This detective story without a detective tells the intriguing tale of a woman who uncovers the identities of those who die alone with no known next-of-kin.
Mary Paulson-Ellis is a writer living in Edinburgh. She likes to write about what she calls the ‘murderous’ side of family life – the dark, the quirky and the strange. Her debut novel, The Other Mrs Walker, certainly fulfils this ambition, telling the story of a woman who finds the families of the recently deceased.
In a desolate Edinburgh flat an old woman takes her last breath surrounded by the few objects she has accrued over a lifetime: a photograph, an emerald dress and a brazil nut with the Ten Commandments etched on its shell. Margaret lands a job finding families for dead people: the disreputable, the neglected, the abandoned, the lost. Margaret’s instructions are to uncover paperwork but the truth about her client, Mrs Walker, doesn’t lie in paperwork. The truth lies in the objects she has left behind – objects that reveal a story of sisters and their betrayals, of thievery and misplaced mothers and the destruction of a family by a single childhood act.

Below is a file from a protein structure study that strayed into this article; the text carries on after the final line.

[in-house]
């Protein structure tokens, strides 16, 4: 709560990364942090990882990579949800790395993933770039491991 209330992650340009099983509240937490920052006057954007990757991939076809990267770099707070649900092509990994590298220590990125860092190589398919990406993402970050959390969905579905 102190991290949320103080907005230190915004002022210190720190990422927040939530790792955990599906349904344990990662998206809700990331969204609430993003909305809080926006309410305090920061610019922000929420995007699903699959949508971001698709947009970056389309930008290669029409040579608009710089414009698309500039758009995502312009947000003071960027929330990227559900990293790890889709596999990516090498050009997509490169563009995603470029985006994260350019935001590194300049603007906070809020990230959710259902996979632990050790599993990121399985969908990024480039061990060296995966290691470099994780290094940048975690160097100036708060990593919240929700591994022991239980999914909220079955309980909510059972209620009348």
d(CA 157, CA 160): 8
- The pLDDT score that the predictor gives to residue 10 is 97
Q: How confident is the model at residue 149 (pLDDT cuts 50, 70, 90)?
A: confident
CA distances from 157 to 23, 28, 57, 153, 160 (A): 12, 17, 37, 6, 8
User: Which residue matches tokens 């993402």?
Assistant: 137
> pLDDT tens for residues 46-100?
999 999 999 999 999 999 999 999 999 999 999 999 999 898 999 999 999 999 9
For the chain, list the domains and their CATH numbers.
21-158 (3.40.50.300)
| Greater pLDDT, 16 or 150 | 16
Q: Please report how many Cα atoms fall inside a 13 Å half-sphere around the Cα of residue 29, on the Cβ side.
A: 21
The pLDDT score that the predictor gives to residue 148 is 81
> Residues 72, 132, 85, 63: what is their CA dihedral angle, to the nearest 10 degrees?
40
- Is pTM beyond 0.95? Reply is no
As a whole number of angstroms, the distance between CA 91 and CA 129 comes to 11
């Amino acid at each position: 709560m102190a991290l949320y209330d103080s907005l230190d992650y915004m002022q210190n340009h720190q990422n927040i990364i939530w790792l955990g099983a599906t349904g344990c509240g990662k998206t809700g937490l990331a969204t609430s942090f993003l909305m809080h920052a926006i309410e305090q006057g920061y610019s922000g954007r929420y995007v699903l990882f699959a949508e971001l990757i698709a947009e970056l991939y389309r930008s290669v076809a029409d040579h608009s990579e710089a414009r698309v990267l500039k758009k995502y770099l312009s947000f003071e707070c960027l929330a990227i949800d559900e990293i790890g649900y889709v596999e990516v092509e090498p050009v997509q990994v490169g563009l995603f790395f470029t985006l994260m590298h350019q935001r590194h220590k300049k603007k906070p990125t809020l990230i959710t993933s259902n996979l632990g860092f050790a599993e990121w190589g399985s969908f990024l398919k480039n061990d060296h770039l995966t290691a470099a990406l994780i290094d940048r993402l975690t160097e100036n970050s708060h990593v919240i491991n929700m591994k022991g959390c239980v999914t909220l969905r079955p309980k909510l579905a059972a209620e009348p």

Paulson-Ellis graduated with an MLitt in Creative Writing from the University of Glasgow and was awarded Glasgow’s inaugural Curtis Brown Prize for Fiction in 2009, the Maverick Award from the Tom McGrath Trust in 2011 and the Literature Works First Page Prize in 2013. The Other Mrs Walker confirms Paulson-Ellis as a talent to watch.